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DomainRBF: a Bayesian regression approach to the prioritization of candidate domains for complex diseases.

Zhang W, Chen Y, Sun F, Jiang R - BMC Syst Biol (2011)

Bottom Line: Within a given domain-domain interaction network, we make the assumption that similarities of disease phenotypes can be explained using proximities of domains associated with such diseases.The proposed approach effectively ranks susceptible domains among the top of the candidates, and it is robust to the parameters involved.The predicted landscape provides a comprehensive understanding of associations between domains and human diseases.

View Article: PubMed Central - HTML - PubMed

Affiliation: MOE Key Laboratory of Bioinformatics and Bioinformatics Division, TNLIST/Department of Automation, Tsinghua University, Beijing, China.

ABSTRACT

Background: Domains are basic units of proteins, and thus exploring associations between protein domains and human inherited diseases will greatly improve our understanding of the pathogenesis of human complex diseases and further benefit the medical prevention, diagnosis and treatment of these diseases. Within a given domain-domain interaction network, we make the assumption that similarities of disease phenotypes can be explained using proximities of domains associated with such diseases. Based on this assumption, we propose a Bayesian regression approach named "domainRBF" (domain Rank with Bayes Factor) to prioritize candidate domains for human complex diseases.

Results: Using a compiled dataset containing 1,614 associations between 671 domains and 1,145 disease phenotypes, we demonstrate the effectiveness of the proposed approach through three large-scale leave-one-out cross-validation experiments (random control, simulated linkage interval, and genome-wide scan), and we do so in terms of three criteria (precision, mean rank ratio, and AUC score). We further show that the proposed approach is robust to the parameters involved and the underlying domain-domain interaction network through a series of permutation tests. Once having assessed the validity of this approach, we show the possibility of ab initio inference of domain-disease associations and gene-disease associations, and we illustrate the strong agreement between our inferences and the evidences from genome-wide association studies for four common diseases (type 1 diabetes, type 2 diabetes, Crohn's disease, and breast cancer). Finally, we provide a pre-calculated genome-wide landscape of associations between 5,490 protein domains and 5,080 human diseases and offer free access to this resource.

Conclusions: The proposed approach effectively ranks susceptible domains among the top of the candidates, and it is robust to the parameters involved. The ab initio inference of domain-disease associations shows strong agreement with the evidence provided by genome-wide association studies. The predicted landscape provides a comprehensive understanding of associations between domains and human diseases.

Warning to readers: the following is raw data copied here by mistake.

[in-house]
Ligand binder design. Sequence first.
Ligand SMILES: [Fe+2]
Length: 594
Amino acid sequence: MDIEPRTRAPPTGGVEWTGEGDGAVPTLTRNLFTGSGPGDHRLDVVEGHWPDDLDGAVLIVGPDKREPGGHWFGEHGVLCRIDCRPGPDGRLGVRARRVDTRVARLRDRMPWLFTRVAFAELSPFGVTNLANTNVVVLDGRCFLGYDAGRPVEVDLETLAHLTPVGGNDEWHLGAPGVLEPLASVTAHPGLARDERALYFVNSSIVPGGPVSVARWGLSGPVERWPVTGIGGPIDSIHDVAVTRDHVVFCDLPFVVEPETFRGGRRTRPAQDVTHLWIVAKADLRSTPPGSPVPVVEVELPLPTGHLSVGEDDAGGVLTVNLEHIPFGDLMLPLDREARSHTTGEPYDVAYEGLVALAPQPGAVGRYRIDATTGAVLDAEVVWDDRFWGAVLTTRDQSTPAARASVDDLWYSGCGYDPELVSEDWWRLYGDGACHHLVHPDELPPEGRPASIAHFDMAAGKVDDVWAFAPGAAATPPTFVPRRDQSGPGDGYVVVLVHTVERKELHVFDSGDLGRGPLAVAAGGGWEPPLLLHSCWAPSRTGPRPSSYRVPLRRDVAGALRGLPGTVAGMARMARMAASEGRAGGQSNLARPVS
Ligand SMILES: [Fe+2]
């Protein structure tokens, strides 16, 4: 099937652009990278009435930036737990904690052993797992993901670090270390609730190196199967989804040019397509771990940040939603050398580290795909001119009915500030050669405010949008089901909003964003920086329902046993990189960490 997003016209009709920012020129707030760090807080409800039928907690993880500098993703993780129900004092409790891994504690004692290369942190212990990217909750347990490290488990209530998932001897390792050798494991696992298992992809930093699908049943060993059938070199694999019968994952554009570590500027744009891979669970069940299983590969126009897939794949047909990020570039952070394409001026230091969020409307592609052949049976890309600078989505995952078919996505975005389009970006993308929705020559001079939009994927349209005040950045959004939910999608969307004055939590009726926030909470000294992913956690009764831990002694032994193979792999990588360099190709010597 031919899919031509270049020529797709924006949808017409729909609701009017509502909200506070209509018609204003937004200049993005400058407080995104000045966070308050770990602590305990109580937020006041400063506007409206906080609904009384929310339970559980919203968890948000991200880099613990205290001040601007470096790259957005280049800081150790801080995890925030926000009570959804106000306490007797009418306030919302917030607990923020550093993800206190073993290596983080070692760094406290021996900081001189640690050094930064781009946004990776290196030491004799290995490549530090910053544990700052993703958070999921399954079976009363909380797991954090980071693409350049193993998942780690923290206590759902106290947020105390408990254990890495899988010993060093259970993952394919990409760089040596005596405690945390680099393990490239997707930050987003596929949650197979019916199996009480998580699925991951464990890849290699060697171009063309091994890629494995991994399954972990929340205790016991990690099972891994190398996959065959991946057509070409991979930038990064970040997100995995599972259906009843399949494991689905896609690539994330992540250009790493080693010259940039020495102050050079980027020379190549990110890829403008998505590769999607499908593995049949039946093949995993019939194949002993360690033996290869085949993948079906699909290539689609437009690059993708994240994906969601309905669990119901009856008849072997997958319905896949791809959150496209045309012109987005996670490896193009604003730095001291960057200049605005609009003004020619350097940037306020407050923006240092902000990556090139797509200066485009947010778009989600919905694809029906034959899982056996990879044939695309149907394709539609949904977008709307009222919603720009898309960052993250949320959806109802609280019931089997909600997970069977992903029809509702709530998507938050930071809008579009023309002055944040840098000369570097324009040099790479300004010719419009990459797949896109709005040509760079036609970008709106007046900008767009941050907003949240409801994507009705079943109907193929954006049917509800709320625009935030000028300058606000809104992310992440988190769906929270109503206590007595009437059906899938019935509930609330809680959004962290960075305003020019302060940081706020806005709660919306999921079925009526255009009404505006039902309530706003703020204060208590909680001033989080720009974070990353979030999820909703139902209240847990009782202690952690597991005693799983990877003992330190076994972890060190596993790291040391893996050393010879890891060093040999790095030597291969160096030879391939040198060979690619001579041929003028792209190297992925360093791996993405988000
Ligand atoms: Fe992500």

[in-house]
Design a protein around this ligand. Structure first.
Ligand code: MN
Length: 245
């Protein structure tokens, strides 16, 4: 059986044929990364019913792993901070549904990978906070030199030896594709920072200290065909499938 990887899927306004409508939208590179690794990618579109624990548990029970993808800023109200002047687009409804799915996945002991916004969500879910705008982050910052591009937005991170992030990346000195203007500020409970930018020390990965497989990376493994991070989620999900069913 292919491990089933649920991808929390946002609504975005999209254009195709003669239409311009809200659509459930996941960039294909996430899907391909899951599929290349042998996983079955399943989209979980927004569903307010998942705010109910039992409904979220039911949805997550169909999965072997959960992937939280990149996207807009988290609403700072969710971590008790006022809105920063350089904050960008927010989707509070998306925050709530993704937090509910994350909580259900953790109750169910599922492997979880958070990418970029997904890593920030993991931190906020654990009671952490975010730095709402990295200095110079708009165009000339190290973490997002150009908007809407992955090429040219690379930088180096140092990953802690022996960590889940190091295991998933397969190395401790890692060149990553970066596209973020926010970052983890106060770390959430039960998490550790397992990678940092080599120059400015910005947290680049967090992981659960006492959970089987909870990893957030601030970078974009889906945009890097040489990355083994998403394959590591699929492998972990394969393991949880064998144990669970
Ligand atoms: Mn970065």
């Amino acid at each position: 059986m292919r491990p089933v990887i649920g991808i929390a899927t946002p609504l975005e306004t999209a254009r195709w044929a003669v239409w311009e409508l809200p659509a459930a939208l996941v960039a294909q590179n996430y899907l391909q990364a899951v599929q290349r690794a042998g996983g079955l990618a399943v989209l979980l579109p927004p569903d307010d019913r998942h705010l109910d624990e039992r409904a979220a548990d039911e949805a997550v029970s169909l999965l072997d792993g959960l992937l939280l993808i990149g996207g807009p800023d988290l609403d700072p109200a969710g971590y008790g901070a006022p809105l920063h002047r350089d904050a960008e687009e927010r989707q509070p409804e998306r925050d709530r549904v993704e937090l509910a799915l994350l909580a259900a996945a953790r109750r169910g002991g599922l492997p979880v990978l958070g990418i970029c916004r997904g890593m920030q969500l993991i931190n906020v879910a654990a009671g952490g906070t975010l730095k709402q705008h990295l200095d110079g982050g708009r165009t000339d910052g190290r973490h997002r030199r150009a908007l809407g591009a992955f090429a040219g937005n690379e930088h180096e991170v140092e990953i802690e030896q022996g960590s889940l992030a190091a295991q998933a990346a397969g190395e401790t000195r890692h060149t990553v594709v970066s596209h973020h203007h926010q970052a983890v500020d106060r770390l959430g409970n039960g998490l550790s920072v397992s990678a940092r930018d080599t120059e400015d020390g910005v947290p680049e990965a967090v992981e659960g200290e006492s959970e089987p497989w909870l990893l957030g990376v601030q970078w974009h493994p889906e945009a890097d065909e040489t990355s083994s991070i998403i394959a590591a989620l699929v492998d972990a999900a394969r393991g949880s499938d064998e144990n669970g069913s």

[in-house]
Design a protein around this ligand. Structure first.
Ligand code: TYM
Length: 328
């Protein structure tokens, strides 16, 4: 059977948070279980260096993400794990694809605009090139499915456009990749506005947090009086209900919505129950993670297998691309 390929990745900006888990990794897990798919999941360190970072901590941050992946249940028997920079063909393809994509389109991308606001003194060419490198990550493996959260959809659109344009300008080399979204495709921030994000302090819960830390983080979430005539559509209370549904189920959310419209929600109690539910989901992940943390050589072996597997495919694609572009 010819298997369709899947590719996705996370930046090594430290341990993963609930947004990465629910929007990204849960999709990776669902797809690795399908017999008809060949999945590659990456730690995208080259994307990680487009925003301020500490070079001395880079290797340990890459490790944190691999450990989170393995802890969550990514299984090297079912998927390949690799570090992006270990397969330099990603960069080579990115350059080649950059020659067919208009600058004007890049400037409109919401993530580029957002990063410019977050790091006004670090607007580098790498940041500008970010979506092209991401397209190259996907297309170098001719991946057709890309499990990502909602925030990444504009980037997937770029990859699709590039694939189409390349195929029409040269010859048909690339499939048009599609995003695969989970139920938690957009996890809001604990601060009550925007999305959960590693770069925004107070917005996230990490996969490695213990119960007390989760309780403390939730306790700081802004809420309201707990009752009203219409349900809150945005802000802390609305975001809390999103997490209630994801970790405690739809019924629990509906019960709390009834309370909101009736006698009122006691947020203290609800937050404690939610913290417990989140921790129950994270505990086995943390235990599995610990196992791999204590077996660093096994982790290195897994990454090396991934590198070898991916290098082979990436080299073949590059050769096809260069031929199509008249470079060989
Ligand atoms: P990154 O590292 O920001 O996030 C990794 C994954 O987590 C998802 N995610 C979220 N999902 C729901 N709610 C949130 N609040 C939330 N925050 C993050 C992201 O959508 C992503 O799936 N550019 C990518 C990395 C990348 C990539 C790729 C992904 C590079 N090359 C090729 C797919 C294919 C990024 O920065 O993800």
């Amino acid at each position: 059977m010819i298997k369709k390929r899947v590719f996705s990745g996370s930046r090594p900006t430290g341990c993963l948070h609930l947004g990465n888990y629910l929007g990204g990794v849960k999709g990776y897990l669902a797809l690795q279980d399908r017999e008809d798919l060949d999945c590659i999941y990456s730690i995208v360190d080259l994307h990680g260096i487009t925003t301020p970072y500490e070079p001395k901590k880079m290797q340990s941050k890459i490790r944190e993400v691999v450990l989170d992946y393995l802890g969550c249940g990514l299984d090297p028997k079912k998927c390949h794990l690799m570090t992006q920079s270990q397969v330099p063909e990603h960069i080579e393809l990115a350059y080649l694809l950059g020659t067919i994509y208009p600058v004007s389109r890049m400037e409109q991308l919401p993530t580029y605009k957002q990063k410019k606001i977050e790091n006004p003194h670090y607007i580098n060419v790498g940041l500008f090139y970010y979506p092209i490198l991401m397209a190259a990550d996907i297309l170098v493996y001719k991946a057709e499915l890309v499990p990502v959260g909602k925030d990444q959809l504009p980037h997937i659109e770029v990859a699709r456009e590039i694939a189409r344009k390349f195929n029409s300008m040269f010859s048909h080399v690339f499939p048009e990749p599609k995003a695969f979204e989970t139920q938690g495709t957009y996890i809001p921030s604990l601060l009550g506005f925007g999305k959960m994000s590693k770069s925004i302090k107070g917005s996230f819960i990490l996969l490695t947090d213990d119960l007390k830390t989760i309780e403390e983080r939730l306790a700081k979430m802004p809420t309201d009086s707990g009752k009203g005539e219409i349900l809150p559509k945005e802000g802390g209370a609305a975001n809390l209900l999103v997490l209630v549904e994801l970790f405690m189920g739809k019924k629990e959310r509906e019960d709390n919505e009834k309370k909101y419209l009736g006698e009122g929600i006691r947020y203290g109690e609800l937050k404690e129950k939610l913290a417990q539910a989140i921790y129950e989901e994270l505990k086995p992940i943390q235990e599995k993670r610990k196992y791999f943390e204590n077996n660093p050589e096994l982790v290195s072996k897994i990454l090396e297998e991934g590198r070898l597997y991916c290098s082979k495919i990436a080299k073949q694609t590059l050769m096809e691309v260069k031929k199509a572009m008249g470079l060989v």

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ROC curves of the leave-one-out cross-validation experiments on shuffled data. (A) Results for random controls with domain-domain interactions shuffled. (B) Results for linkage intervals with domain-domain interactions shuffled. (C) Results for genome-wide scan with domain-domain interactions shuffled. (D) Results for random controls with known domain-phenotype associations shuffled. (E) Results for linkage intervals with known domain-phenotype associations shuffled. (F) Results for genome-wide scan with known domain-phenotype associations shuffled. (G) Results for random controls with phenotype similarity profiles shuffled. (H) Results for linkage intervals with phenotype similarity profiles shuffled. (I) Results for genome-wide scan with phenotype similarity profiles shuffled. The small domain-domain interaction network composed of the PDB part of the DOMINE database and the diffusion kernel are used to obtain the results.
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Figure 5: ROC curves of the leave-one-out cross-validation experiments on shuffled data. (A) Results for random controls with domain-domain interactions shuffled. (B) Results for linkage intervals with domain-domain interactions shuffled. (C) Results for genome-wide scan with domain-domain interactions shuffled. (D) Results for random controls with known domain-phenotype associations shuffled. (E) Results for linkage intervals with known domain-phenotype associations shuffled. (F) Results for genome-wide scan with known domain-phenotype associations shuffled. (G) Results for random controls with phenotype similarity profiles shuffled. (H) Results for linkage intervals with phenotype similarity profiles shuffled. (I) Results for genome-wide scan with phenotype similarity profiles shuffled. The small domain-domain interaction network composed of the PDB part of the DOMINE database and the diffusion kernel are used to obtain the results.

Mentions: The above validation results suggest that the domainRBF approach can successfully prioritize candidate domains and put the domain that is truly associated with the query disease phenotype at the top of the candidates. However, it is still necessary to determine whether the correct prioritization of disease domains is due to the connectivity information that includes in the domain-domain interactions, domain-phenotype associations, and phenotype-phenotype similarities. To accomplish this, we artificially destroy informative interactions in the above three networks and see what performances will turn out. It is expected that both the mean rank ratios and the AUC scores will be around 50%, together with very low precisions. With this understanding, we perform three permutation experiments: 1) shuffling interactions among domains while fixing the node degree (number of direct neighbours) distribution of the entire interaction network, 2) shuffling interactions among domain-phenotype associations while fixing the number of associated domains for each of the phenotypes, and 3) shuffling the phenotype-phenotype similarity while fixing the distribution of phenotype similarities, respectively. Then we repeat the leave-one-out cross-validation experiments using the shuffled networks, which contain no informative interactions among domains, among domain and phenotypes, or among phenotypes, respectively. As shown in Figure 5, the results obtained are generally consistent with our expectation in that AUC scores are all around 50%. We therefore conclude that the successful prioritization of candidate domains is indeed due to the informative interactions among domains that are included in the domain-domain interaction network.